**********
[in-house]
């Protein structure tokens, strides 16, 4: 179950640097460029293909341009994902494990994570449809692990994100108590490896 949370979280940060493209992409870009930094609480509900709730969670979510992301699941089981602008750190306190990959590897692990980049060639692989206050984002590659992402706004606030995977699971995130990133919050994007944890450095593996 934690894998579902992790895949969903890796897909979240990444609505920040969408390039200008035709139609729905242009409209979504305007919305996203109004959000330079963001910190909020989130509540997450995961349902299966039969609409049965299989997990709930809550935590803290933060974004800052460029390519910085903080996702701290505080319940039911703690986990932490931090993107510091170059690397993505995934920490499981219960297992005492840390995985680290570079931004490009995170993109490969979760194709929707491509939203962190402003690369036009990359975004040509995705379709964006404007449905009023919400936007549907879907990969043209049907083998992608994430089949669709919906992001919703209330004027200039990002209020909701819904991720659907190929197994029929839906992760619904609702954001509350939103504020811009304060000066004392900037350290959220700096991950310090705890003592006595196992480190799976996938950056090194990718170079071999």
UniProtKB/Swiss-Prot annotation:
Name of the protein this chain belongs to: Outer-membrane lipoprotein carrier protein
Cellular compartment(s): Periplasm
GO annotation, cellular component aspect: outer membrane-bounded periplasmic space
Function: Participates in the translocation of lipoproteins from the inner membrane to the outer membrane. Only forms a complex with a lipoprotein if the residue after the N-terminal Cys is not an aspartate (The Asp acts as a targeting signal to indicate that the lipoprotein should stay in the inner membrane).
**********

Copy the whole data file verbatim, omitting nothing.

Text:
[in-house]
């Protein structure tokens, strides 16, 4: 179950640097460029293909341009994902494990994570449809692990994100108590490896 949370979280940060493209992409870009930094609480509900709730969670979510992301699941089981602008750190306190990959590897692990980049060639692989206050984002590659992402706004606030995977699971995130990133919050994007944890450095593996 934690894998579902992790895949969903890796897909979240990444609505920040969408390039200008035709139609729905242009409209979504305007919305996203109004959000330079963001910190909020989130509540997450995961349902299966039969609409049965299989997990709930809550935590803290933060974004800052460029390519910085903080996702701290505080319940039911703690986990932490931090993107510091170059690397993505995934920490499981219960297992005492840390995985680290570079931004490009995170993109490969979760194709929707491509939203962190402003690369036009990359975004040509995705379709964006404007449905009023919400936007549907879907990969043209049907083998992608994430089949669709919906992001919703209330004027200039990002209020909701819904991720659907190929197994029929839906992760619904609702954001509350939103504020811009304060000066004392900037350290959220700096991950310090705890003592006595196992480190799976996938950056090194990718170079071999």
UniProtKB/Swiss-Prot annotation:
Name of the protein this chain belongs to: Outer-membrane lipoprotein carrier protein
Cellular compartment(s): Periplasm
GO annotation, cellular component aspect: outer membrane-bounded periplasmic space
Function: Participates in the translocation of lipoproteins from the inner membrane to the outer membrane. Only forms a complex with a lipoprotein if the residue after the N-terminal Cys is not an aspartate (The Asp acts as a targeting signal to indicate that the lipoprotein should stay in the inner membrane).